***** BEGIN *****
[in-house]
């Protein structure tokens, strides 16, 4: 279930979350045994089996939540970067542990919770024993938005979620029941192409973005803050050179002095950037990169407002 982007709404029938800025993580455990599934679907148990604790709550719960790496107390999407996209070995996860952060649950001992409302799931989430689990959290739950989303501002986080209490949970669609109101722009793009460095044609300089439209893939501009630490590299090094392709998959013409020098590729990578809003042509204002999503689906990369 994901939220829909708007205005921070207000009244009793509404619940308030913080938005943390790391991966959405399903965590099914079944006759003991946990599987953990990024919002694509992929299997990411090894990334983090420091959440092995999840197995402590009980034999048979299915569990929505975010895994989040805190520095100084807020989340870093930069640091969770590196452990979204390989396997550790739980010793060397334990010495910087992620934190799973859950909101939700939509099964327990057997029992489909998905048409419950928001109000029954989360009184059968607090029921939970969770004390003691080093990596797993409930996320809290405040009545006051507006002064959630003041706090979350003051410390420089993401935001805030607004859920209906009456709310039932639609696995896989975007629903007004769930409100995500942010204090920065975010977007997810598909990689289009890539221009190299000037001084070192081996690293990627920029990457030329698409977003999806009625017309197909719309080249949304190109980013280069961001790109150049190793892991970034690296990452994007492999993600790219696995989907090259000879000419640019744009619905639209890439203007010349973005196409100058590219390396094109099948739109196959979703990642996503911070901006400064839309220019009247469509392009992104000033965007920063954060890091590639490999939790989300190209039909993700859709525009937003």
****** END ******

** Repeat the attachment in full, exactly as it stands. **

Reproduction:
[in-house]
């Protein structure tokens, strides 16, 4: 279930979350045994089996939540970067542990919770024993938005979620029941192409973005803050050179002095950037990169407002 982007709404029938800025993580455990599934679907148990604790709550719960790496107390999407996209070995996860952060649950001992409302799931989430689990959290739950989303501002986080209490949970669609109101722009793009460095044609300089439209893939501009630490590299090094392709998959013409020098590729990578809003042509204002999503689906990369 994901939220829909708007205005921070207000009244009793509404619940308030913080938005943390790391991966959405399903965590099914079944006759003991946990599987953990990024919002694509992929299997990411090894990334983090420091959440092995999840197995402590009980034999048979299915569990929505975010895994989040805190520095100084807020989340870093930069640091969770590196452990979204390989396997550790739980010793060397334990010495910087992620934190799973859950909101939700939509099964327990057997029992489909998905048409419950928001109000029954989360009184059968607090029921939970969770004390003691080093990596797993409930996320809290405040009545006051507006002064959630003041706090979350003051410390420089993401935001805030607004859920209906009456709310039932639609696995896989975007629903007004769930409100995500942010204090920065975010977007997810598909990689289009890539221009190299000037001084070192081996690293990627920029990457030329698409977003999806009625017309197909719309080249949304190109980013280069961001790109150049190793892991970034690296990452994007492999993600790219696995989907090259000879000419640019744009619905639209890439203007010349973005196409100058590219390396094109099948739109196959979703990642996503911070901006400064839309220019009247469509392009992104000033965007920063954060890091590639490999939790989300190209039909993700859709525009937003």